The Remote-Controlled Contraceptive
A Massachusetts company hopes to begin testing a remote-controlled contraceptive device next year with the goal of introducing it to the public by 2018.
What's the Latest?
A Massachusetts company hopes to begin testing a remote-controlled contraceptive device next year with the goal of introducing it to the public by 2018. The tiny machine measures 20 x 20 x 7 millimeters and is designed to be implanted in the buttocks, upper arm, or abdomen. "It dispenses 30 micrograms a day of levonorgestrel, a hormone already used in several kinds of contraceptives. Sixteen years' worth of the hormone fits in tiny reservoirs on a microchip 1.5 centimeters wide inside the device." When an electric current is passed through the device, a seal temporarily melts, diffusing small amounts of the hormone each day.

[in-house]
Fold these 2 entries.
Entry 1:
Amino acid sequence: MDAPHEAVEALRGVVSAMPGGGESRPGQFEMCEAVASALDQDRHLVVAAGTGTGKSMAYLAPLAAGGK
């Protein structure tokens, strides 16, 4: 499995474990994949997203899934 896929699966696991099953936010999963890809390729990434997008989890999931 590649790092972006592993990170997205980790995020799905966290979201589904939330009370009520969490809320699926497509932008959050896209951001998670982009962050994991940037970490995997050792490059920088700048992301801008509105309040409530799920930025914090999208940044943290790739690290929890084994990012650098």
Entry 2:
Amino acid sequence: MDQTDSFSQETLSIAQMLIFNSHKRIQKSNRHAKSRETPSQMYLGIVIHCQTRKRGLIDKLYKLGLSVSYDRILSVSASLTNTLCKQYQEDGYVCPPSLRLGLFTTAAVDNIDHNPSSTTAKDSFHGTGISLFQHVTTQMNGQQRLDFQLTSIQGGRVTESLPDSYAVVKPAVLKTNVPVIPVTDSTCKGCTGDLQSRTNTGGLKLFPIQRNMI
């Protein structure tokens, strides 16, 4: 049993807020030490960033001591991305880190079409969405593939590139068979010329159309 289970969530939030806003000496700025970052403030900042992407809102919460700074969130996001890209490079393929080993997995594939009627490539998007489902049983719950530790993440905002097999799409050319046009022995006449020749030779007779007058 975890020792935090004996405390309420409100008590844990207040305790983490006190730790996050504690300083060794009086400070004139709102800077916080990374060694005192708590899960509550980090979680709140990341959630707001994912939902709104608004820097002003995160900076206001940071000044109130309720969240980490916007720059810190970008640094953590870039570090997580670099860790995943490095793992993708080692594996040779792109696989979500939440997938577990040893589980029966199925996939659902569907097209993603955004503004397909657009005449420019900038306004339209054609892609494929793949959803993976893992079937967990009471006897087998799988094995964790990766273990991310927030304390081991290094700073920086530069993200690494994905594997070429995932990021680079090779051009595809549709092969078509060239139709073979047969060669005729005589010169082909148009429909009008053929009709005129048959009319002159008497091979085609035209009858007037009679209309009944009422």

What's the Big Idea?
In order to conceive a child, the woman in control of the device would simply turn off the implant with the remote control, and restart it again with another click. The dosage would last a full 16 years and doctors would remove the device when the hormones had been used up. The device was created in conjunction with the Gates Foundation and is aimed at fulfilling the commitment recently made by an international coalition of governments, companies, philanthropies, and nonprofits to providing family planning to 120 million more women in the world by 2020.
Read more at Technology Review
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